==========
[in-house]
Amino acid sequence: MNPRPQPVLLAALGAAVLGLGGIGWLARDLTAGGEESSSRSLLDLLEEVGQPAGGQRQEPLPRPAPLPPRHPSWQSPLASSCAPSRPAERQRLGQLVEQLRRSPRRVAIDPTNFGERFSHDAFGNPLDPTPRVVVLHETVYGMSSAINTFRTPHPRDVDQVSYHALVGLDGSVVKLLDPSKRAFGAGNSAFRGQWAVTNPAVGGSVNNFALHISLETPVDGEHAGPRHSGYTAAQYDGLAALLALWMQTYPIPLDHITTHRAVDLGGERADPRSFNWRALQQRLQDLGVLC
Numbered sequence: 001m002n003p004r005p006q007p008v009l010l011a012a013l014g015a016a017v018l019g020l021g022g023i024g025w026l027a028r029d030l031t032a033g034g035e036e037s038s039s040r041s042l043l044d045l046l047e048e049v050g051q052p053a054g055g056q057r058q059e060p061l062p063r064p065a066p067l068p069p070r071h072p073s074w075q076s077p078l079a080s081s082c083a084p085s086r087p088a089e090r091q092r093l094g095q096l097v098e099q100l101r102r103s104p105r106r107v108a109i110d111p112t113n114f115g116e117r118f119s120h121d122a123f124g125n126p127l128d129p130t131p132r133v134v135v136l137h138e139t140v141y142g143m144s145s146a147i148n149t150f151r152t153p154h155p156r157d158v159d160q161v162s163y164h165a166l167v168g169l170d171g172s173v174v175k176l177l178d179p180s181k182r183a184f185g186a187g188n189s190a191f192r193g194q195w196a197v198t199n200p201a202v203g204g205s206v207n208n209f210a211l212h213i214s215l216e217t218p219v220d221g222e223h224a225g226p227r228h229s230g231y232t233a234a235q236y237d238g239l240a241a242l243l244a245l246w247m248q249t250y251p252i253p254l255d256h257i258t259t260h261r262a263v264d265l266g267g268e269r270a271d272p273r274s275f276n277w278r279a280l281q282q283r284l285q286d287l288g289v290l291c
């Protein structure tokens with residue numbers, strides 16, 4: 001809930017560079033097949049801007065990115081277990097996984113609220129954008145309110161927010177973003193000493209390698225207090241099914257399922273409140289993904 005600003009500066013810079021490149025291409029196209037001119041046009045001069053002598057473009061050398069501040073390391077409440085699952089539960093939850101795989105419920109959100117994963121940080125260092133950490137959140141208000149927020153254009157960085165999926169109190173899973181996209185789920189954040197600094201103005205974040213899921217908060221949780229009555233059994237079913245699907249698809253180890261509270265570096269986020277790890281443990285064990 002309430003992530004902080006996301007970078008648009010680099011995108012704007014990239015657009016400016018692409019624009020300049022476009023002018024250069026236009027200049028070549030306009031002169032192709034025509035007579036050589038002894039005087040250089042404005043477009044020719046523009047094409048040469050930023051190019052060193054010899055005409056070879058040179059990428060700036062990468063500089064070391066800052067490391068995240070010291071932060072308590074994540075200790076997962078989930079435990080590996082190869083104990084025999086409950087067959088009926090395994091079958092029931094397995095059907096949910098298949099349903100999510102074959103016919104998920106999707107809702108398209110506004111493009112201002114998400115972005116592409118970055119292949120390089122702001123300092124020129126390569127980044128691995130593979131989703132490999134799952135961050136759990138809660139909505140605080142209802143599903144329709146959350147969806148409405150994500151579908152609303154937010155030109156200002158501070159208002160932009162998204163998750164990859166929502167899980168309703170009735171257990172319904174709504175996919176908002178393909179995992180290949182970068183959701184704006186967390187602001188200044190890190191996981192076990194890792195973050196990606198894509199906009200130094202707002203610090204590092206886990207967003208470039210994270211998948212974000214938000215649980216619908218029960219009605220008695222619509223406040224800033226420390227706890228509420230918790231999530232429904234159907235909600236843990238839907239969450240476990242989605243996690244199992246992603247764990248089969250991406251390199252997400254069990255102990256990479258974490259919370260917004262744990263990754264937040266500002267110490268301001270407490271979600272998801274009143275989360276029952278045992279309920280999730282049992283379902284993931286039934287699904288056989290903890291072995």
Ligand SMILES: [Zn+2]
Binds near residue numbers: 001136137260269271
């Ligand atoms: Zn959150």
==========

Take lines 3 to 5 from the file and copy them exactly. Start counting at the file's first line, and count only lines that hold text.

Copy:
Numbered sequence: 001m002n003p004r005p006q007p008v009l010l011a012a013l014g015a016a017v018l019g020l021g022g023i024g025w026l027a028r029d030l031t032a033g034g035e036e037s038s039s040r041s042l043l044d045l046l047e048e049v050g051q052p053a054g055g056q057r058q059e060p061l062p063r064p065a066p067l068p069p070r071h072p073s074w075q076s077p078l079a080s081s082c083a084p085s086r087p088a089e090r091q092r093l094g095q096l097v098e099q100l101r102r103s104p105r106r107v108a109i110d111p112t113n114f115g116e117r118f119s120h121d122a123f124g125n126p127l128d129p130t131p132r133v134v135v136l137h138e139t140v141y142g143m144s145s146a147i148n149t150f151r152t153p154h155p156r157d158v159d160q161v162s163y164h165a166l167v168g169l170d171g172s173v174v175k176l177l178d179p180s181k182r183a184f185g186a187g188n189s190a191f192r193g194q195w196a197v198t199n200p201a202v203g204g205s206v207n208n209f210a211l212h213i214s215l216e217t218p219v220d221g222e223h224a225g226p227r228h229s230g231y232t233a234a235q236y237d238g239l240a241a242l243l244a245l246w247m248q249t250y251p252i253p254l255d256h257i258t259t260h261r262a263v264d265l266g267g268e269r270a271d272p273r274s275f276n277w278r279a280l281q282q283r284l285q286d287l288g289v290l291c
């Protein structure tokens with residue numbers, strides 16, 4: 001809930017560079033097949049801007065990115081277990097996984113609220129954008145309110161927010177973003193000493209390698225207090241099914257399922273409140289993904 005600003009500066013810079021490149025291409029196209037001119041046009045001069053002598057473009061050398069501040073390391077409440085699952089539960093939850101795989105419920109959100117994963121940080125260092133950490137959140141208000149927020153254009157960085165999926169109190173899973181996209185789920189954040197600094201103005205974040213899921217908060221949780229009555233059994237079913245699907249698809253180890261509270265570096269986020277790890281443990285064990 002309430003992530004902080006996301007970078008648009010680099011995108012704007014990239015657009016400016018692409019624009020300049022476009023002018024250069026236009027200049028070549030306009031002169032192709034025509035007579036050589038002894039005087040250089042404005043477009044020719046523009047094409048040469050930023051190019052060193054010899055005409056070879058040179059990428060700036062990468063500089064070391066800052067490391068995240070010291071932060072308590074994540075200790076997962078989930079435990080590996082190869083104990084025999086409950087067959088009926090395994091079958092029931094397995095059907096949910098298949099349903100999510102074959103016919104998920106999707107809702108398209110506004111493009112201002114998400115972005116592409118970055119292949120390089122702001123300092124020129126390569127980044128691995130593979131989703132490999134799952135961050136759990138809660139909505140605080142209802143599903144329709146959350147969806148409405150994500151579908152609303154937010155030109156200002158501070159208002160932009162998204163998750164990859166929502167899980168309703170009735171257990172319904174709504175996919176908002178393909179995992180290949182970068183959701184704006186967390187602001188200044190890190191996981192076990194890792195973050196990606198894509199906009200130094202707002203610090204590092206886990207967003208470039210994270211998948212974000214938000215649980216619908218029960219009605220008695222619509223406040224800033226420390227706890228509420230918790231999530232429904234159907235909600236843990238839907239969450240476990242989605243996690244199992246992603247764990248089969250991406251390199252997400254069990255102990256990479258974490259919370260917004262744990263990754264937040266500002267110490268301001270407490271979600272998801274009143275989360276029952278045992279309920280999730282049992283379902284993931286039934287699904288056989290903890291072995």
Ligand SMILES: [Zn+2]